Published Sep 28, 2015They wore the jackets.
Those customized S-N-P leather 8-ball jackets: yellow, red, black, green and white, bold and baggy, as if snatched right off the set of the "Push It" video from 1987.
The legendary Salt-N-Pepa, who haven't recorded an album together in nearly two decades, embodied the spirit of FLOW 93.5's Throwback Birthday Bash Sunday night (September 27), jackets and all.
Entranced by their dance moves and sparkly ball caps, concertgoers who forgot that the rap trio (yes, DJ Spinderella was in the house) are pushing 50 should be excused, as fun party jams like "Shake Your Thang," "I'll Take Your Man" and "Tramp" have aged wonderfully. Consider: this is a group that formed 30 years ago. When was the last time you went to a hip-hop show and the headliner asked for "all the '60s babies" to make noise? And actually got a response?
The Salt-N-Pepa beach party was supported by a series of past-their-prime hit-makers whose classic club jams still get burn on FLOW: local heroes Maestro Fresh-Wes and Choclair gave way to a slimmed-down Fat Joe. But really, this was ladies' night. Estrogen owned the stage and the crowd.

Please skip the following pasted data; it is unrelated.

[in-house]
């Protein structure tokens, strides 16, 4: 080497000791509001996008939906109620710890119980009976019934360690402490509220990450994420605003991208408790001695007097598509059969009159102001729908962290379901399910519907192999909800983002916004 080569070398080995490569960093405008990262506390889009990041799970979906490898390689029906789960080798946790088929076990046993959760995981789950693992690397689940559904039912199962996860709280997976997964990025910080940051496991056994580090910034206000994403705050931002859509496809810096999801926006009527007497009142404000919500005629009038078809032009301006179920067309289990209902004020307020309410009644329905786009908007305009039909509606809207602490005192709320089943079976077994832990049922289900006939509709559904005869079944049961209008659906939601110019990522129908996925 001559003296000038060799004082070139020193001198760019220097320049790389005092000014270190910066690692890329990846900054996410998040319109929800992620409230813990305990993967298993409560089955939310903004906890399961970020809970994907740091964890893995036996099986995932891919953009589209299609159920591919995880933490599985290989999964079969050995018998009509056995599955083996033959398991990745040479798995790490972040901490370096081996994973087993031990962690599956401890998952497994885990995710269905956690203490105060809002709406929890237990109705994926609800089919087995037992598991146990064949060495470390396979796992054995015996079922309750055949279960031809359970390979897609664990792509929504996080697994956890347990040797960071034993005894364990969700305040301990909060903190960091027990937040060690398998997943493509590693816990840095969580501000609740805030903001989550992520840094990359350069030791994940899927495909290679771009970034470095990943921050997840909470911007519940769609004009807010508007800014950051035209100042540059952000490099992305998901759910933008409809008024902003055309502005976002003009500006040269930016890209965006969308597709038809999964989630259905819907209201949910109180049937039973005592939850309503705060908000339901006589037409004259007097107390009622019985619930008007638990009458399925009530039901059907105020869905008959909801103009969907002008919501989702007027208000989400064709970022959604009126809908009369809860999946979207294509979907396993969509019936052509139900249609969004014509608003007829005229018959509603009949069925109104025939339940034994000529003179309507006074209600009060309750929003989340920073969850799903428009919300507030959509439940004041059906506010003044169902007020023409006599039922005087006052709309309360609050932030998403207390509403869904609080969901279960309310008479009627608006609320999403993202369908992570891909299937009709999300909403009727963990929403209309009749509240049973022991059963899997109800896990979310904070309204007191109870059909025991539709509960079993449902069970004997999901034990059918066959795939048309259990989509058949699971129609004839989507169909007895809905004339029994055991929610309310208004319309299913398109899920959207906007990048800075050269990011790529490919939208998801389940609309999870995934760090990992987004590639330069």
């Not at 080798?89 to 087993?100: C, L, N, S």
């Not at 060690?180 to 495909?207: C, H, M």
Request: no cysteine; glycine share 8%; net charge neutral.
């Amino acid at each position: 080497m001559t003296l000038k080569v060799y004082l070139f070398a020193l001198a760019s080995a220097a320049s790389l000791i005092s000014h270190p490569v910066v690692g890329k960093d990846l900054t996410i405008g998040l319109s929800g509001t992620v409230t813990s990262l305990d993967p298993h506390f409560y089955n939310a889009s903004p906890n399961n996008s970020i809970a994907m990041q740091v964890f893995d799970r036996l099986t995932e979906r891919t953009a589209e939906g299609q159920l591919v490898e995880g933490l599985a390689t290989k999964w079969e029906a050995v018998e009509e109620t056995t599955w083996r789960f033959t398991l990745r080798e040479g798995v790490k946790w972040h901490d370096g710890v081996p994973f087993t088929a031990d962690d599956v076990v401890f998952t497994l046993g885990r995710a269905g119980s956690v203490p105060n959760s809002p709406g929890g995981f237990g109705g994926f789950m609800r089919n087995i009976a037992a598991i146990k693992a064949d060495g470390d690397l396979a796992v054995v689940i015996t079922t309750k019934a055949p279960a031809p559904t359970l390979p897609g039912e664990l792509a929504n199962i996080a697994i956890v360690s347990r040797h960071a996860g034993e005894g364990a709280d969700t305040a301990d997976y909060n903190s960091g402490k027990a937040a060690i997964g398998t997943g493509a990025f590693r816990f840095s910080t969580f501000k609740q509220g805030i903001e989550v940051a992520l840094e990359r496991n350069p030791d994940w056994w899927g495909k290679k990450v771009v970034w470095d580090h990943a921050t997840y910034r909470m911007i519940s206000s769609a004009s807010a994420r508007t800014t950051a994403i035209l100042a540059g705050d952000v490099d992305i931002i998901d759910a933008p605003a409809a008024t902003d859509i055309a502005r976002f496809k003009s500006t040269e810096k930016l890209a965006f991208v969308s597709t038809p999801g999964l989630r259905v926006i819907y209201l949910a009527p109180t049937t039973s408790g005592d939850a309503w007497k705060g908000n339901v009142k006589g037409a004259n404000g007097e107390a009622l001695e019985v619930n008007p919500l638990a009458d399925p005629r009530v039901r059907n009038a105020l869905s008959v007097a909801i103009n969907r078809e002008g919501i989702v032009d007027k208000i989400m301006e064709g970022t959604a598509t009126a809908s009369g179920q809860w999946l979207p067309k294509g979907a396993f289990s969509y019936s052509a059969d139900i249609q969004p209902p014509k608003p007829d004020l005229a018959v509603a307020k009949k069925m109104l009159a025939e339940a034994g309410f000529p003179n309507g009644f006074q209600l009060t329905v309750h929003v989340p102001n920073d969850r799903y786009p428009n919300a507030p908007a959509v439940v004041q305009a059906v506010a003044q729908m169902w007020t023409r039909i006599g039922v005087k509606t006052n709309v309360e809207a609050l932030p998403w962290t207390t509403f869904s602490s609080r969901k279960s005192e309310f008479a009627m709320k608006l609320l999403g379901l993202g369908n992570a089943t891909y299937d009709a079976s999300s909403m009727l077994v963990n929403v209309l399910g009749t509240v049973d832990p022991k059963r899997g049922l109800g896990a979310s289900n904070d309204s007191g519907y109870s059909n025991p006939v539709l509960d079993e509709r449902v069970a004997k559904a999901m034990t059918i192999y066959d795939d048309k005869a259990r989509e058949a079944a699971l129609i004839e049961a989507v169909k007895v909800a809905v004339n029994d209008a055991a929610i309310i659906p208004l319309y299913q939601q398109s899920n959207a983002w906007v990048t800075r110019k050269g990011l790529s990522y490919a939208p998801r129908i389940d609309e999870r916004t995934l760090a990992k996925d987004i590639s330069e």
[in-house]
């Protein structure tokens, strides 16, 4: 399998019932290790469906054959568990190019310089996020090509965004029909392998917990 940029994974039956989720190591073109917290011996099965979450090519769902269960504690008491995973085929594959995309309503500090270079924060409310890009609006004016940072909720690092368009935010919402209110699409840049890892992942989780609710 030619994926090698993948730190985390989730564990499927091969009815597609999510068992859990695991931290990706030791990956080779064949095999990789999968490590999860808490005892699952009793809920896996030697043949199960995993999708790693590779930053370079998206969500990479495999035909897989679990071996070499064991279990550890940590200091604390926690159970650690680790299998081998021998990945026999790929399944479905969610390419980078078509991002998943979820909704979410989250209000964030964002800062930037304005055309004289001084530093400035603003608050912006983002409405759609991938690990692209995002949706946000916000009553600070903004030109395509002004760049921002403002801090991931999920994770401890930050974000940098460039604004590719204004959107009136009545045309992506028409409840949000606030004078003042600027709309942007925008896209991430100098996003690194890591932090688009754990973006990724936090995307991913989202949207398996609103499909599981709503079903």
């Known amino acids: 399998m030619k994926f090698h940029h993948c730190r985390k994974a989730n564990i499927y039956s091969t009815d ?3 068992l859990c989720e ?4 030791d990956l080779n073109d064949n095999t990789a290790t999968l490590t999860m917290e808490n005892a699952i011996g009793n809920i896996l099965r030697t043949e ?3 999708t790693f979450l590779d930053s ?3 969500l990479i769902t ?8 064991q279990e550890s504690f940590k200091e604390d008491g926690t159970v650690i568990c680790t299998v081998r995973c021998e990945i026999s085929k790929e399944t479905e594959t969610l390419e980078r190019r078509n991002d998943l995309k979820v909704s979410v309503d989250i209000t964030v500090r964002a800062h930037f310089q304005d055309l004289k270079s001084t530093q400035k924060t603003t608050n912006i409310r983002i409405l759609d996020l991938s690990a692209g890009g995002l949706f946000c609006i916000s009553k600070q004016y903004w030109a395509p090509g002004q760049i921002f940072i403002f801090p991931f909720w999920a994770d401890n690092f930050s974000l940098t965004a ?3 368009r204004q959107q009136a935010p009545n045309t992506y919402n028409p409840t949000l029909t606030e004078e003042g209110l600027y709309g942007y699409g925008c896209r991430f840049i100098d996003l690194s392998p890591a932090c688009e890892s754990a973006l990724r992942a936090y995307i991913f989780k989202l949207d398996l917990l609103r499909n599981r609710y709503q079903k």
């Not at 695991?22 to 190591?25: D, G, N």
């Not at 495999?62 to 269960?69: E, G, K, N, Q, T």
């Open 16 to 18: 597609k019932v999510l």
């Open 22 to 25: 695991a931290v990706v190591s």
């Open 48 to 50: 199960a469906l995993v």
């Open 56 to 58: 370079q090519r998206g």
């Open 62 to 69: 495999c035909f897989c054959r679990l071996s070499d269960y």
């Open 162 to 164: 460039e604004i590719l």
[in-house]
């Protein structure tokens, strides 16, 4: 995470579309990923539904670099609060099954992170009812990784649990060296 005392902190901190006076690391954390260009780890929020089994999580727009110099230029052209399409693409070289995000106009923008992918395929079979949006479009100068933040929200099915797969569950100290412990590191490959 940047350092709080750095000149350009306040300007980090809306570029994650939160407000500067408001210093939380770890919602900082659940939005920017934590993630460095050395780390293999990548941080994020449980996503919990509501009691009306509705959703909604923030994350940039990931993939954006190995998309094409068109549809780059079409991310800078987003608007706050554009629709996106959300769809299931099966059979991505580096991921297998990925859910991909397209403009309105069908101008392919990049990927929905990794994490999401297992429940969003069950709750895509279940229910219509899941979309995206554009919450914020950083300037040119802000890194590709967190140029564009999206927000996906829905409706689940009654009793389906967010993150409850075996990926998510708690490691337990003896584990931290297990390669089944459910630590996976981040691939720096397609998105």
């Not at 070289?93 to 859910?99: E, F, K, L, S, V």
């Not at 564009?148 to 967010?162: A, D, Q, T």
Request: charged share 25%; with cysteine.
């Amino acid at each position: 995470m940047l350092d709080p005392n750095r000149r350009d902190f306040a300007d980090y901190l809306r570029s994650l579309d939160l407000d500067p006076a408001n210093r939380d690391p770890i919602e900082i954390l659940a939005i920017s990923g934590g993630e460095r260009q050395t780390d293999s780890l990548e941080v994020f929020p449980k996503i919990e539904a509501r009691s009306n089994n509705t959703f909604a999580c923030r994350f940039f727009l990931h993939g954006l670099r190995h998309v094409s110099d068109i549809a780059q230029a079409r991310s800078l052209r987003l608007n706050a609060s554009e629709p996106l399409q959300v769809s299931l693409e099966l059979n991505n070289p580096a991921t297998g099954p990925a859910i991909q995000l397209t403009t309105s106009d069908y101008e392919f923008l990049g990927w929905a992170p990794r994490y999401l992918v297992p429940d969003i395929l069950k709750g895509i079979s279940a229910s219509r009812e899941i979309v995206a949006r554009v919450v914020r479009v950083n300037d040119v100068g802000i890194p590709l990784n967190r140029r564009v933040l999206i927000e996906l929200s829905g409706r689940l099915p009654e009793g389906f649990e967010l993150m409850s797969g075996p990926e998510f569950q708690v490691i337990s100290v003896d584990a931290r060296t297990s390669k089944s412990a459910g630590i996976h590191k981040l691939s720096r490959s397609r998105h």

Oakland R&B trio En Vogue — whom I had to explain to a 20-something were kinda like Destiny's Child before Destiny's Child — looked and sounded sharp, delivering their greatest radio hits from the '90s: "My Lovin' (You're Never Gonna Get It)," "Free Yo Mind" and undeniable finisher "Hold On."
S-N-P, backed by a pair of male dancers in Adidas trackpants, drew the largest throng and the giddiest reaction. After a sample of Biggie's opening "Juicy" verse blared — "It was all a dream/ I used to read Word Up! Magazine / Salt-n-Pepa and Heavy D up in the limousine!"— the receptive listeners ate up renditions of "My Mic Sounds Nice," "Let's Talk About Sex" and "Expression." The women legitimately looked to be having a blast on stage, but instead of having Spinderella play a medley of other artists' throwbacks, we would've rather they take a chance by using that time to perform a couple more album cuts.
Instead, Salt-N-Pepa played things safe by sticking to the hits, of which the five-time Grammy winners have a few. "Shoop" set up the inevitable encore, while En Vogue returned to the stage for an epic performance of "Whatta Man."
Often male emcees invite willing females onstage to dance during a finale. It was refreshing to see the role flipped Sunday, as a handful of dudes — dance skills of varying degrees — joined the five women to close the show.